Ross Wilkers


DOD going full steam ahead on commercial cloud

Oracle JEDI court case moves forward

If the Defense Department’s cloud computing strategy released Monday puts the much-touted JEDI infrastructure program at the top of its hierarchy with other “fit-for-purpose” clouds below it, then that contract’s stakes have risen and take “winner-take-all” to a different meaning.

After all, the strategy specifically says JEDI will be the military’s foundational approach to gain and deliver capabilities of a general purpose enterprise cloud.

DOD has suggested this could be the case ever since it started to detail the potential $10 billion JEDI contract last year, but the Pentagon’s new document makes that fact clear.

Overall market forces and technological advances all add up to an inevitability that the military is going to a commercial cloud environment anyway though. That includes the separate $8.2 billion DEOS contract for cloud-based email and collaboration services.

But JEDI’s stakes alone are enormous. Analysts at Los Angeles-based investment firm WedBush Securities have gone as far to call this contract the “Cloud Super Bowl” for frontrunners Amazon and Microsoft in a report for clients sent Monday.

“The winner in this decade long contract could have a major ripple impact across the enterprise/government cloud space for years to come in our opinion,” wrote Wedbush analysts Daniel Ives and Strecker Backe.

Bids were due in October and an award could come in late March or early April pending the outcome of a court case (more on that later). Four bidders are known: AWS, Microsoft and two protesters in Oracle and IBM.

Even with JEDI’s size and scope though, Wedbush analysts see $20 billion in federal cloud market opportunities over the next five years. This race reflects the overall shift of enterprises everywhere to commercial cloud environments, largely either with Amazon Web Services or Microsoft Azure.

But somewhat contrary to popular opinion, the Wedbush analysts now see Amazon as only a 60-40 favorite to win JEDI versus being the clear odds-on favorite. Microsoft has quickly caught up in these analysts’ eyes, given a $1.8 billion enterprise services contract signed with DOD in early January and expectations of getting certified to host Top Secret classified government data by the end of March.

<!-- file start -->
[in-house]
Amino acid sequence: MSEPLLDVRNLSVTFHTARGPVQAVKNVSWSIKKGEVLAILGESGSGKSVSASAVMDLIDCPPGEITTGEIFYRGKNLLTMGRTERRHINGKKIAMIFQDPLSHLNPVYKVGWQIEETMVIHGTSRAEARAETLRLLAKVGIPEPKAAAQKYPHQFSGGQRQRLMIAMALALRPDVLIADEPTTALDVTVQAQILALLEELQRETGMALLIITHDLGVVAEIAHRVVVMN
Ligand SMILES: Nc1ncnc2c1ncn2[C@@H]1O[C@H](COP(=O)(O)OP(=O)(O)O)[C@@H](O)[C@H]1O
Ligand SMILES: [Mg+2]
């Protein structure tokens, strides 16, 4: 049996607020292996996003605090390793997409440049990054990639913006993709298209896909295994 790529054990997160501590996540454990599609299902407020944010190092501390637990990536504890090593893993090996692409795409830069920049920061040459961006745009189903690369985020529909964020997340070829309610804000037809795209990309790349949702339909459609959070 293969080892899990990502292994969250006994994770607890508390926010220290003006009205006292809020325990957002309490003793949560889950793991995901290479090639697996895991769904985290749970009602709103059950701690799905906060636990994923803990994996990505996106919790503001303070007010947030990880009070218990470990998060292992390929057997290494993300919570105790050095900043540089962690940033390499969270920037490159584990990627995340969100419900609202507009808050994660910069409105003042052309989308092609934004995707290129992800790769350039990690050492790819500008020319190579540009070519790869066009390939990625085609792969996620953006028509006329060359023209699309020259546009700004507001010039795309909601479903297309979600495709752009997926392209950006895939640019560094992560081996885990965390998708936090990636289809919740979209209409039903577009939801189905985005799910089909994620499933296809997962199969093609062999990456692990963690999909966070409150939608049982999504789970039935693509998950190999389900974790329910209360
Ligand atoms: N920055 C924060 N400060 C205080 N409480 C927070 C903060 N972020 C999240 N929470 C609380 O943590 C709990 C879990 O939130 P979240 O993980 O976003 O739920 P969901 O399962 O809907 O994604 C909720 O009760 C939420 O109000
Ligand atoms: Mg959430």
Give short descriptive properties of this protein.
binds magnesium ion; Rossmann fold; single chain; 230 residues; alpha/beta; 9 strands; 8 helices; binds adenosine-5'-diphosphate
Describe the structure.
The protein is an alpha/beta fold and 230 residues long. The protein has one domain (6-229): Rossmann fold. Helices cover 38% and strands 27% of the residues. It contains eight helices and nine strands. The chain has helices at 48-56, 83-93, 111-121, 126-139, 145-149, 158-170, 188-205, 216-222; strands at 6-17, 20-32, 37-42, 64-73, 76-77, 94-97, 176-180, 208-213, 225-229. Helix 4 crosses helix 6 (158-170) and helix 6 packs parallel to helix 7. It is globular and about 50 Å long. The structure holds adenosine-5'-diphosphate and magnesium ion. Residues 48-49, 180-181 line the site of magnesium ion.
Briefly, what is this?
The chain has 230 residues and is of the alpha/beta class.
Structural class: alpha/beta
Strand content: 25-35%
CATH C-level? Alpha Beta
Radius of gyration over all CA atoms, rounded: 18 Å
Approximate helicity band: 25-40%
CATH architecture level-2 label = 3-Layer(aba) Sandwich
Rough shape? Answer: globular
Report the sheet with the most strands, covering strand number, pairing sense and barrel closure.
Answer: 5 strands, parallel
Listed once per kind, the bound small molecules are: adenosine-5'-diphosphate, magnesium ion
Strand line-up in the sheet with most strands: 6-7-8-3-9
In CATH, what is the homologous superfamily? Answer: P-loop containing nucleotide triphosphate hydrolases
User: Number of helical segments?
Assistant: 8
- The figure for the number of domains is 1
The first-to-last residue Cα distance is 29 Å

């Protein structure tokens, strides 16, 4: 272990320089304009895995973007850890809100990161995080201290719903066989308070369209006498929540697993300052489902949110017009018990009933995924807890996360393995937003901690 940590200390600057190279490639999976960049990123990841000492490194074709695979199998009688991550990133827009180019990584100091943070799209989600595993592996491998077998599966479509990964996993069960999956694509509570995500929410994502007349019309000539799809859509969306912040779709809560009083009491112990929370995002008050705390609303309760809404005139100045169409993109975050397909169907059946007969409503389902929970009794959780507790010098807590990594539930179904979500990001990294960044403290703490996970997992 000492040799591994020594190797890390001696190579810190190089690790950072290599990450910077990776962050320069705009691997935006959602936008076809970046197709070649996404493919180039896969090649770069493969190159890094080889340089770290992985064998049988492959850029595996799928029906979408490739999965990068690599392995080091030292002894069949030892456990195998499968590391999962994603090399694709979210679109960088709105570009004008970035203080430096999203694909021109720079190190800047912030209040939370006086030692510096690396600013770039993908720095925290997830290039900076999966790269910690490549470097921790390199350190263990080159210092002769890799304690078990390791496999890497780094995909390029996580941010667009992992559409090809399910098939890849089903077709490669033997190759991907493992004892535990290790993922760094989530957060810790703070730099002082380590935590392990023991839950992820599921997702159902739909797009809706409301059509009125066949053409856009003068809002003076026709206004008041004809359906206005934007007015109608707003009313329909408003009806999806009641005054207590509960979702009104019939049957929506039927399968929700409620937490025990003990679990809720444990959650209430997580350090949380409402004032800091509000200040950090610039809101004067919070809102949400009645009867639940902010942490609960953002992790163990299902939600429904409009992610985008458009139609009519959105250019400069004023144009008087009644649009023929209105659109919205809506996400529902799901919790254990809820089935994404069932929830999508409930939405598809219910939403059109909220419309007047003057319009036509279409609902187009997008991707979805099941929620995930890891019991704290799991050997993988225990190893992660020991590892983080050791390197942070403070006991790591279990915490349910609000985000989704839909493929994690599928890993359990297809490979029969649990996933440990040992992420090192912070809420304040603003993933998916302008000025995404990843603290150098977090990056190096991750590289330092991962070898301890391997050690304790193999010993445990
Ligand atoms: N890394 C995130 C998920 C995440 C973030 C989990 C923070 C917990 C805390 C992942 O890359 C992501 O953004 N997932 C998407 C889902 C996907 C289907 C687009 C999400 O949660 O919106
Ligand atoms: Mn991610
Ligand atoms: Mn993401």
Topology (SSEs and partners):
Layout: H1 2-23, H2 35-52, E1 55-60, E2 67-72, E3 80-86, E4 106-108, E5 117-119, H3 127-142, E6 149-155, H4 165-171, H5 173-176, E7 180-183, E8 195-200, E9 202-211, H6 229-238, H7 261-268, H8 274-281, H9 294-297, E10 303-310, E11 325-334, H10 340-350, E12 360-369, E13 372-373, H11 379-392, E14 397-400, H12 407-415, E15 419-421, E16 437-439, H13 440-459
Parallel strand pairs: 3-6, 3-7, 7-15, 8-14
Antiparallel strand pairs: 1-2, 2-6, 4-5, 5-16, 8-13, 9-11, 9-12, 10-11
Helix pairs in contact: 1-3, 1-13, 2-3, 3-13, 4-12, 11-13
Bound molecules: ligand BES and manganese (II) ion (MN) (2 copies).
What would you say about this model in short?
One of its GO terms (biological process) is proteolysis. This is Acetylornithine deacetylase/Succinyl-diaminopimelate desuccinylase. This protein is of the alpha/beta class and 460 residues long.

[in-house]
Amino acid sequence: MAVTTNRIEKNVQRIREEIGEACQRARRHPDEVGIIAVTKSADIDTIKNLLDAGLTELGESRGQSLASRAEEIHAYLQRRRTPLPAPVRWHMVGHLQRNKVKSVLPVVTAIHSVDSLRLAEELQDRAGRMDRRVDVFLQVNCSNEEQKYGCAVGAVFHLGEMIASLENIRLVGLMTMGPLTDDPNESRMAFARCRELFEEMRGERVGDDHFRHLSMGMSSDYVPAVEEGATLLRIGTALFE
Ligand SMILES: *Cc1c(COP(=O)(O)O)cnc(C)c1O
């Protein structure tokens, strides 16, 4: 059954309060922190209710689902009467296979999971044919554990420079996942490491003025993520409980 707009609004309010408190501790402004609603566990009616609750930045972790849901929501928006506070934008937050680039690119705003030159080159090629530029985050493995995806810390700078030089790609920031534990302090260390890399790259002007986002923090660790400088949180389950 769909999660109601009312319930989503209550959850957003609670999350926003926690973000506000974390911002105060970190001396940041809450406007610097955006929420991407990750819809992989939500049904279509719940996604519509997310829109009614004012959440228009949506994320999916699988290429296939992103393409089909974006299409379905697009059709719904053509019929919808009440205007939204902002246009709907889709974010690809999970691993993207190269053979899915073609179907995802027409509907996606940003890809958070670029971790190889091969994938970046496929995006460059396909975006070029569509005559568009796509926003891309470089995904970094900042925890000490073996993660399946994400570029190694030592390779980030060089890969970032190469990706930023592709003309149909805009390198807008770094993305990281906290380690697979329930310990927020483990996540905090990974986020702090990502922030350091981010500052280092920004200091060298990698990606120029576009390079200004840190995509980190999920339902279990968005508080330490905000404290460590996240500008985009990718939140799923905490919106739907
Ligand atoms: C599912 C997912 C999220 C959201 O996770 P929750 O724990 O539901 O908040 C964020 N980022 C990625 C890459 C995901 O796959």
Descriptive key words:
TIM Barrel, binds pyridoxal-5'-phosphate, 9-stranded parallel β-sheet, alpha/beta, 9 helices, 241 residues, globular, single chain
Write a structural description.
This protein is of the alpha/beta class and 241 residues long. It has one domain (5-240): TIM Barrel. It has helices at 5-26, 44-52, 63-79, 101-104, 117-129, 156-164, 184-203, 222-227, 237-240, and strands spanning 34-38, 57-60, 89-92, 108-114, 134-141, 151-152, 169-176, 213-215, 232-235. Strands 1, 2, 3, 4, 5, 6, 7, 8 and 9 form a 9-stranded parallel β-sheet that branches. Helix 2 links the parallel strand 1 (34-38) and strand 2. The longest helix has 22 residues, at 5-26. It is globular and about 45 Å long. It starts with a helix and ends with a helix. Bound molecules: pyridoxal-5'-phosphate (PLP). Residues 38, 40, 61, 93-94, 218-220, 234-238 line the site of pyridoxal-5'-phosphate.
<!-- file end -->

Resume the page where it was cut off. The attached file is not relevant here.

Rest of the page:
Also worth considering is Microsoft’s network of almost 70,000 cloud partners that outsize all of Amazon, Google and Salesforce combined; and an already longstanding relationship with DOD. The software giant signed a pact last year to sell Azure cloud products to intelligence agencies and also offers customers hybrid IT environments that mix both legacy and cloud-based systems, which DOD might take into consideration as it forges on its commercial cloud push.

James Bach, federal IT analyst at Bloomberg Intelligence, told me in May of last year that because of that hybrid IT positioning by Microsoft, them winning JEDI is a very real possibility. Microsoft also announced Monday a new suite of Azure hardware offerings for use in remote locations that are sold through Dell EMC. Presumably these would be part of the JEDI bid and possibly DEOS as well.

It then also makes sense that after losing a bid protest last year, Oracle has gone to the Court of Federal Claims to make sure JEDI and hence any other federal cloud opportunity does not slip without a fight given their longstanding government IT market position. IBM also filed a protest with GAO but it was dismissed when Oracle went to the court of federal claims. IBM has not joined that case.

Oracle did win one minor point in its case late last week when Judge Eric Bruggink ruled the company could add up to 25 pages to its motion for judgment, which would extend that filing’s limit to 65 pages beyond the standard 40. This expansion applies to the government as well though, plus the defendant-intervenor in AWS, according to court filings. Oral arguments are set for April 4.

The fact that Oracle wants more pages further helps illustrate why they see the stakes as high for them too. Oracle has essentially attacked JEDI on all fronts ranging from the overall strategy to single-award approach, even with conflict-of-interest allegations versus DOD and AWS thrown in.

Oracle and other market watchers have argued since the contract’s inception that DOD tailored the JEDI solicitation’s requirements in favor of AWS, which analysts see as the favorite given their CIA cloud hosting contract and overall presence as the global IT market’s largest commercial cloud player.

Even if Oracle loses this court case, they could protest to the Government Accountability Office again after DOD makes an award. But Oracle would have to find new grounds to protest and cannot raise any points currently being aired out in court.

About the Author

Ross Wilkers is a senior staff writer for Washington Technology. He can be reached at Follow him on Twitter: @rosswilkers. Also connect with him on LinkedIn.

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